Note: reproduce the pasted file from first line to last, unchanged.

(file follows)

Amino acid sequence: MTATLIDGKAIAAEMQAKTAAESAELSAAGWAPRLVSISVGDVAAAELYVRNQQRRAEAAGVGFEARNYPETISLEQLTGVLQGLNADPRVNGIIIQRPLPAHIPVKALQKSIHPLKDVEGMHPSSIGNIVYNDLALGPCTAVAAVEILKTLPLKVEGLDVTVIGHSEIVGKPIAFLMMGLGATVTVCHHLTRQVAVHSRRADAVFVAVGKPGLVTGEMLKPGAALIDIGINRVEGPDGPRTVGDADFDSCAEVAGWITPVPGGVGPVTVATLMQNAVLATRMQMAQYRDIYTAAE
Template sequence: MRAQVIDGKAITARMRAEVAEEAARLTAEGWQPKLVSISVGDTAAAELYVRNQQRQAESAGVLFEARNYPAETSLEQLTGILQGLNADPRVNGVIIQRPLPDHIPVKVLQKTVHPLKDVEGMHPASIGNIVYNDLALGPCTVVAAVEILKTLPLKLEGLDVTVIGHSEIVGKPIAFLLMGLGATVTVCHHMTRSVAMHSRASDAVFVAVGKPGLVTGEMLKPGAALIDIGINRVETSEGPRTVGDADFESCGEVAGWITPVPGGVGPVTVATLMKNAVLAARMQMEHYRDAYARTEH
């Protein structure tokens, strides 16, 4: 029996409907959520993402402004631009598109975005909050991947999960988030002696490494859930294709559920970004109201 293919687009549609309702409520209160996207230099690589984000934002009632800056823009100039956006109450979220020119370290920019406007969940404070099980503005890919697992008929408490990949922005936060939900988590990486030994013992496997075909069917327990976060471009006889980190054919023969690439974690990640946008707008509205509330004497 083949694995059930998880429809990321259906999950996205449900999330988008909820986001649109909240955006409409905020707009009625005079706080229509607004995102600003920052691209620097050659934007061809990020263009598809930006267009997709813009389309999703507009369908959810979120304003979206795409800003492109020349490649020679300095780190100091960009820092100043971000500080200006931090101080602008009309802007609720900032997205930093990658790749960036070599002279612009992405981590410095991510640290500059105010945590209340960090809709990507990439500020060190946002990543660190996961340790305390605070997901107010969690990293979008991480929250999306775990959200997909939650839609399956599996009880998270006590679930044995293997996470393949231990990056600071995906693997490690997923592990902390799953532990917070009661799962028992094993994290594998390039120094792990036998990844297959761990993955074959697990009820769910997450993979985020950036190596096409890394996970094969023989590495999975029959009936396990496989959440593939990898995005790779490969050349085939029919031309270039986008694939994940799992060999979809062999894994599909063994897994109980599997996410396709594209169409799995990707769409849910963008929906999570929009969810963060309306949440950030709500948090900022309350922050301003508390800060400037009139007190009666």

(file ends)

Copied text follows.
Amino acid sequence: MTATLIDGKAIAAEMQAKTAAESAELSAAGWAPRLVSISVGDVAAAELYVRNQQRRAEAAGVGFEARNYPETISLEQLTGVLQGLNADPRVNGIIIQRPLPAHIPVKALQKSIHPLKDVEGMHPSSIGNIVYNDLALGPCTAVAAVEILKTLPLKVEGLDVTVIGHSEIVGKPIAFLMMGLGATVTVCHHLTRQVAVHSRRADAVFVAVGKPGLVTGEMLKPGAALIDIGINRVEGPDGPRTVGDADFDSCAEVAGWITPVPGGVGPVTVATLMQNAVLATRMQMAQYRDIYTAAE
Template sequence: MRAQVIDGKAITARMRAEVAEEAARLTAEGWQPKLVSISVGDTAAAELYVRNQQRQAESAGVLFEARNYPAETSLEQLTGILQGLNADPRVNGVIIQRPLPDHIPVKVLQKTVHPLKDVEGMHPASIGNIVYNDLALGPCTVVAAVEILKTLPLKLEGLDVTVIGHSEIVGKPIAFLLMGLGATVTVCHHMTRSVAMHSRASDAVFVAVGKPGLVTGEMLKPGAALIDIGINRVETSEGPRTVGDADFESCGEVAGWITPVPGGVGPVTVATLMKNAVLAARMQMEHYRDAYARTEH
């Protein structure tokens, strides 16, 4: 029996409907959520993402402004631009598109975005909050991947999960988030002696490494859930294709559920970004109201 293919687009549609309702409520209160996207230099690589984000934002009632800056823009100039956006109450979220020119370290920019406007969940404070099980503005890919697992008929408490990949922005936060939900988590990486030994013992496997075909069917327990976060471009006889980190054919023969690439974690990640946008707008509205509330004497 083949694995059930998880429809990321259906999950996205449900999330988008909820986001649109909240955006409409905020707009009625005079706080229509607004995102600003920052691209620097050659934007061809990020263009598809930006267009997709813009389309999703507009369908959810979120304003979206795409800003492109020349490649020679300095780190100091960009820092100043971000500080200006931090101080602008009309802007609720900032997205930093990658790749960036070599002279612009992405981590410095991510640290500059105010945590209340960090809709990507990439500020060190946002990543660190996961340790305390605070997901107010969690990293979008991480929250999306775990959200997909939650839609399956599996009880998270006590679930044995293997996470393949231990990056600071995906693997490690997923592990902390799953532990917070009661799962028992094993994290594998390039120094792990036998990844297959761990993955074959697990009820769910997450993979985020950036190596096409890394996970094969023989590495999975029959009936396990496989959440593939990898995005790779490969050349085939029919031309270039986008694939994940799992060999979809062999894994599909063994897994109980599997996410396709594209169409799995990707769409849910963008929906999570929009969810963060309306949440950030709500948090900022309350922050301003508390800060400037009139007190009666």